TO PUBLISH AN ANTHOLOGY of Orion’s best writing on trees is ironic, mainly because these twenty-five stories are printed on, well, trees. With over two dozen contributors, Old Growth is our most exciting addition to a growing line of Orion collections. With a foreword by Robin Wall Kimmerer, the anthology offers a canopied compendium of Orion’s long history of engagement with arboreal culture, printed using 100% recycled paper, processed without chlorine, and free of plastic.
Old Growth features works by Rick Bass, Alison Hawthorne Deming, John Hay, Ursula K. Le Guin, Terese Mailhot, Emma Marris, Cecily Parks, Michael Pollan, Scott Russell Sanders, Arthur Sze, Katrina Vandenberg, Afaa Michael Weaver, and many others.
Five Questions for the Cover Artist. This week, we caught up with Patrik Svensson, artist for Old Growth, to learn more about the cover illustration—the book also includes thirty-two tree drawings—and his personal relationship with trees. Svensson is an illustrator and designer living on the top of a hill in Gotenburg, Sweden. His work has been featured the New York Times, Wall Street Journal, and others.
Okay, be honest: When was the last time you actually took a nap under a tree?
I have two young kids and don’t get much sleep at all these days. Does carrying a one-year-old back and forth under a tree at four in the morning count, nearly falling apart from fatigue?!
It totally counts. After all, your cover illustration transmits innocence and youth, intergenerational exchange, and interspecies mutualism. There is a softness to it, a sense of renewal and restoration. Nothing too radical. No exotic species hanging from misty cliff sides. Does this illustration in any way represent your past, present, or aspirant relationship with the arboreal community?
That’s a nice interpretation, thank you. Trees are probably more important to me than I’ve sometimes realized myself. I grew up with the forest as my neighbor and friend, and I’ve always felt safe when walking in the woods, hearing only the wind in the crowns above. To be honest, I’m one of those madmen who can easily stand for several minutes and stare as the sun hits a branch in a certain way. Nature to me is the easiest way to experience something larger than yourself. It doesn’t care if you’re stressed out or happy—it’s just patiently there.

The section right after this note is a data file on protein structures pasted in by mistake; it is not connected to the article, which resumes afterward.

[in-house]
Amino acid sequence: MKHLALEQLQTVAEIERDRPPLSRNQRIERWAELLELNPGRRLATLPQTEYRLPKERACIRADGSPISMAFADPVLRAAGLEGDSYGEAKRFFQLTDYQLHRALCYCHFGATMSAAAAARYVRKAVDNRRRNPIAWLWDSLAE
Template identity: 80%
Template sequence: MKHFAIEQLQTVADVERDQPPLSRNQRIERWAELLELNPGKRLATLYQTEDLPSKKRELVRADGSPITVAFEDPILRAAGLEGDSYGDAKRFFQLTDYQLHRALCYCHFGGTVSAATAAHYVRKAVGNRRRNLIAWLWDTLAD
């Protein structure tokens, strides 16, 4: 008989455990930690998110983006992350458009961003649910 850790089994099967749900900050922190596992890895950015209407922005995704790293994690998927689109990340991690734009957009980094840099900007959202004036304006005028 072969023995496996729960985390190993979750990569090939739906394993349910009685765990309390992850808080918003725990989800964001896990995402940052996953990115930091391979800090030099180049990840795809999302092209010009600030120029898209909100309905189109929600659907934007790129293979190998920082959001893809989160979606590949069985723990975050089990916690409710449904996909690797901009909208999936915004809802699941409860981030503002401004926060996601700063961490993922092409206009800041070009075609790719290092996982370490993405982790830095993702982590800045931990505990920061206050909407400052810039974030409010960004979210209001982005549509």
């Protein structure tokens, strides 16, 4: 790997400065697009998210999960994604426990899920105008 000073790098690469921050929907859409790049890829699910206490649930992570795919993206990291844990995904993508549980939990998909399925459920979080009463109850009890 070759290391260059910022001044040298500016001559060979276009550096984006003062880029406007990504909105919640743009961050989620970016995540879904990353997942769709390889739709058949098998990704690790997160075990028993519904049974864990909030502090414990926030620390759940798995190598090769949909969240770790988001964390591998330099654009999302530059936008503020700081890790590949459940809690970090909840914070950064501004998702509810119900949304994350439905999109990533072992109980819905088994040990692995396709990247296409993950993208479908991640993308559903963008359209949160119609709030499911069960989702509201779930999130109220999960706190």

Is it true that the world’s oldest tree was found in the Dalarna province of Sweden? A 9,550-year-old spruce. You also have sinuous troll forests. What are some general cultural attitudes and responses toward trees in Sweden? How are forested landscapes rendered in folklore and myth in your region?
I heard about this old spruce while working with an outdoor clothing company years ago. I suppose other trees around the world might claim they’re the oldest though. Who knows. The first feeling I have about Sweden’s national relationship to trees is that we’re proud of our trees here. There are vast areas forested in pine, with rich histories of wooden furniture. Regarding myth, yes, absolutely. I think mainly of John Bauer and his paintings of forests and trolls.
What compelled you to illustrate an anonymous, barefooted person taking refuge under something so sturdy and old. Is this some expression of unconditional giving?
The process for this project was very intuitive for me, and its outcome is probably a result of me being more of a dreamer than an adventurer. I appreciate the Swedish writer Andrev Walden, who said, “I love nature, I just don’t want it on me.”
As an illustrator, what responsibility do you believe the artist has when depicting the natural world? What are some concerns you have when approaching the canvas to create artwork that responds directly to more-than-human form?
Simply put, I’m all for whatever makes a good image, whether it’s close to reality or the opposite. I think I have a sort of DIY approach when creating, where I try to go with what feels right and to not ask many questions. Sure, there is significant doubt involved in the process, but I like to trust that abstract mystery ingredient in art, that factor you can’t quite label or describe with words. I always aim to stick with that gut feeling, rather than traditional rules or knowledge.